The opinion of the court was delivered by: Ronald A. Guzman, United States Judge
MEMORANDUM OPINION AND ORDER
Pending is Defendant Begley Company, L.L.C.'s motion to dismiss counts I-VII of Plaintiff's complaint. For the reasons provided in this Memorandum Opinion and Order, Defendant's motion is granted in part and denied in part.
Plaintiff, Great Oak, L.L.C., owns a shopping center in Kankakee, Illinois known as the Meadowview Center. (Pl.'s Compl. 1). The complaint centers on Great Oaks's allegation that Defendant's dry cleaning operations led to the release of hazardous substances into the subsurface soils and groundwater, which allegedly will cause Plaintiff to incur over $2 million in investigation and remediation costs, and will devalue the property. (Id., ¶ 9).
Plaintiff bought the Meadowview Center from Brookview Corporation which first leased 57 Meadowview Center to Meadowview 1 Hour Cleaners on September 29, 1975. (Id., ¶ 1-2). In 1979, this lease was assigned to the Defendant. (Id., ¶ 3). The lease was extended in 1985 to provide for two successive five-year periods and again in 1995 for a three-year period bringing the lease term to September 30, 2001. (Id., ¶ 4-5).
A key term of the lease, which remained the same throughout the extensions of the lease, was paragraph 11 which states:
Upon acceptance and occupancy of this building by
Lessee, it is agreed that Lessee at their own expense
will keep all improvements otherwise in good repair
(injury by fire, or other causes beyond Lessee's
control excepted) as well as in a good tenantable and
wholesome condition, and will comply with all local or
governmental regulations, laws, and ordinances
applicable thereto, as well as lawful requirements of
all competent authorities in that behalf. Lessee
will, as far as possible, keep said improvements from
deterioration due to ordinary wear and from falling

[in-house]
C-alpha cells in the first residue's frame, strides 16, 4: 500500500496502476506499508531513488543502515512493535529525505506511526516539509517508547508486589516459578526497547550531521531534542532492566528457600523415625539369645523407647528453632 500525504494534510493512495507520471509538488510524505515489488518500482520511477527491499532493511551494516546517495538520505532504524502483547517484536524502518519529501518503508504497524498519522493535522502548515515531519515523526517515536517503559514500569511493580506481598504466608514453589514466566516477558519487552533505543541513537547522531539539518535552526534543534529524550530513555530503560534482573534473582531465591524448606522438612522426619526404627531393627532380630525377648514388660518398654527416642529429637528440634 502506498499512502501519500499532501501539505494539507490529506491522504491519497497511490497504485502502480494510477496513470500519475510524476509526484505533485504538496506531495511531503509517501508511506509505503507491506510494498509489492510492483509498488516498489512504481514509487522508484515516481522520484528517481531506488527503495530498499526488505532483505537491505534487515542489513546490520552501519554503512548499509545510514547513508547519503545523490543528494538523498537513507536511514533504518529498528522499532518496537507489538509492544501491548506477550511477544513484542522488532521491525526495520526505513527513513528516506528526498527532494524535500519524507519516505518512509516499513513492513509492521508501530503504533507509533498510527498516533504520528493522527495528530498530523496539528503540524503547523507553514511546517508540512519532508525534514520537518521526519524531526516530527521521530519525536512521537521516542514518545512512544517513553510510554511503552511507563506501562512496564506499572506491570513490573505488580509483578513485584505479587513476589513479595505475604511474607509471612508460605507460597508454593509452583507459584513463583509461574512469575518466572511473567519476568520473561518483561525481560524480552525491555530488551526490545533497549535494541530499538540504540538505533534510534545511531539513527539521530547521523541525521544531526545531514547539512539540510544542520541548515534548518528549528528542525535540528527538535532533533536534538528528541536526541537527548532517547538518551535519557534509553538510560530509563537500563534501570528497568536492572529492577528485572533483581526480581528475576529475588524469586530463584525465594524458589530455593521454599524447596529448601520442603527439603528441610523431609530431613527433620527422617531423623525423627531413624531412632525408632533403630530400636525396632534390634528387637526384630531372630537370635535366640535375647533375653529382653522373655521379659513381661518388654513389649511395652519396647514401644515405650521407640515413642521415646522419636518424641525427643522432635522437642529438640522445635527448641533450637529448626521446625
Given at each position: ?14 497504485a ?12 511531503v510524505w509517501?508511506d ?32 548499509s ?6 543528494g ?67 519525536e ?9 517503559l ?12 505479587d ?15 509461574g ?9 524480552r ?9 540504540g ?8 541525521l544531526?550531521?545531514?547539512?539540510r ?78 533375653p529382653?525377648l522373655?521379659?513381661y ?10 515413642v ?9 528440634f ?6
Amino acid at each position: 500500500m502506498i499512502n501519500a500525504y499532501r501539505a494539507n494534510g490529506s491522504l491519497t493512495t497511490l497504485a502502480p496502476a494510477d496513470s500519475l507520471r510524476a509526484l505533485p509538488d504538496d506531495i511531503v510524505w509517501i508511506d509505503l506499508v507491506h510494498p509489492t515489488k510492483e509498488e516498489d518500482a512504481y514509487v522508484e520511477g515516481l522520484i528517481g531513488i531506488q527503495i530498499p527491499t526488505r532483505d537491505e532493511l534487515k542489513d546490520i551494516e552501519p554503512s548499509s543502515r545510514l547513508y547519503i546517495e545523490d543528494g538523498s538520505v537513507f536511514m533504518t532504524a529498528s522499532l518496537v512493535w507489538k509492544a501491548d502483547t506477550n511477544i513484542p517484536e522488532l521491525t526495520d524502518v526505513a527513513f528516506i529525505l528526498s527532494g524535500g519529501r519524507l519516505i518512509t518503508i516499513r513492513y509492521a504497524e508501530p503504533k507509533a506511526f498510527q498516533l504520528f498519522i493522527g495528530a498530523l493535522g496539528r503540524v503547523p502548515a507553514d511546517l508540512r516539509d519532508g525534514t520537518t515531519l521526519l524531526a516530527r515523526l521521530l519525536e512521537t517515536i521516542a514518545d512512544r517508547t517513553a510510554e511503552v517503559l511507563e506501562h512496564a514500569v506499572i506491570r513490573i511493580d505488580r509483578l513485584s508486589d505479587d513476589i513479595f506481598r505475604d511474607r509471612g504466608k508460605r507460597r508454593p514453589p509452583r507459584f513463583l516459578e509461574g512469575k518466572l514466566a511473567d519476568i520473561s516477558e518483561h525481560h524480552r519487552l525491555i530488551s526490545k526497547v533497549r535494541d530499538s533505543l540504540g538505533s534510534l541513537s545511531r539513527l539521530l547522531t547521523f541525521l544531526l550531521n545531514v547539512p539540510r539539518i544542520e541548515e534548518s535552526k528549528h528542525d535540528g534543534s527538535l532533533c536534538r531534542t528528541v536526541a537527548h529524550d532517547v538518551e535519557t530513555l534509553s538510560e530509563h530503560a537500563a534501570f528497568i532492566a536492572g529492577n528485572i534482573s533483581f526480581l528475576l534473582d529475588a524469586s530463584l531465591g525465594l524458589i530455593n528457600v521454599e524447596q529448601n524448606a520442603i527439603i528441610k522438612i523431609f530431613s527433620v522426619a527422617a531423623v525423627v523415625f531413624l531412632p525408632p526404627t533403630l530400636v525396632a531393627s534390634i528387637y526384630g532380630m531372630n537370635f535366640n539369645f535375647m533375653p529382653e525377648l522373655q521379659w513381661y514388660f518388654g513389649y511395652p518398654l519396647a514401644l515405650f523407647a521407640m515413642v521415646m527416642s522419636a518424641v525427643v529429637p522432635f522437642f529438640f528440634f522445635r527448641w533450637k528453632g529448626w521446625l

temporarily out of repair.
(Pl.'s Compl., Ex. 1).
The dry cleaners that was operated on the premises and owned by Begley used toxic chemicals that where allegedly disposed of improperly and caused environmental damage that had to be, or will have to be, investigated and remediated by the Plaintiff. (Pl.'s Compl., ¶ 9, 11). As a result, Great Oak filed a seven-count complaint. Id. Count I alleges breach of lease, mentions paragraph 11 of the lease, and refers to the lease as Exhibit 1. (Pl.'s Compl. ¶ 1-13). Counts II and III allege Nuisance and Negligence, respectively and Counts IV-VII all allege violations of the Illinois Environmental Protection Act. (Pl.'s Compl., pgs. 4-8).
In considering Begley's 12(b)(6) motion to dismiss the Court will accept all well-pleaded allegations as true. Dawson v. Gen. Motors Corp., 977 F.2d 369, 372 (7th Cir. 1992). Moreover, this court will consider exhibits to the complaint that are in the form of written instruments as part of the pleadings for the purposes of a motion to dismiss. FRCP 10(c); see also, Bankcard Am. Inc. v. Universal Bancard Sys. Inc., 904 F. Supp. 753 (N.D.Ill. 1995); Cagan v. Intervest Midwest Real Estate Corp., 774 F. Supp. 1089 (N.D.Ill. 1991). After considering all well-pleaded facts, including exhibits in the form of written instruments, this Court will grant a motion to dismiss only where "it is clear that no relief could be granted under any set of facts that could be proved consistent with the allegations." Cushing v. City of Chicago, 3 F.3d 1156, 1159 (7th Cir. 1993) (quoting Hishon v. King & Spalding, 467 U.S. 69, 73 (1984)).
In Count I, entitled "Breach of Lease," Plaintiff alleges that because of Defendant's "failure to comply with and perform the requirements of Paragraph No. 11 of the Lease" Plaintiff has been damaged in an amount exceeding $2 million. (Compl., Count I, ¶¶ 9-12). Specifically Plaintiff alleges that Defendant's dry cleaning operations led to releases of hazardous substances into the subsurface environment, which violates certain sections of the Illinois Environmental Protection Act, 415 ILCS 5/1 et seq thereby breaching paragraph 11. (Complaint, Count I, ¶¶ 9-12).
Defendant puts forth that Count I fails to state a claim for multiple reasons: (1) Paragraph 11 of the lease applies only to improvements to the real property, and does not encompass a tenant's trade fixtures or personal property at issue here; (2) neither Paragraph 11 nor any other part of the lease says anything about environmental liabilities; (3) a "compliance with laws" provision, standing alone, does not require a tenant to comply with laws requiring substantial corrective measures; and (4) any ambiguities in the scope of Paragraph 11 must be construed against the lessor.
It is undisputed that the Lease fails to specifically address the issue of potential environmental liabilities. Defendant first argues that Plaintiff's complaint fails to state a claim for breach of contract because Paragraph 11, the paragraph Plaintiff relies upon to state a claim for breach of contract relates only to improvements to the property rather than environmental contamination. Defendant argues that Plaintiff's alleged interpretation of ...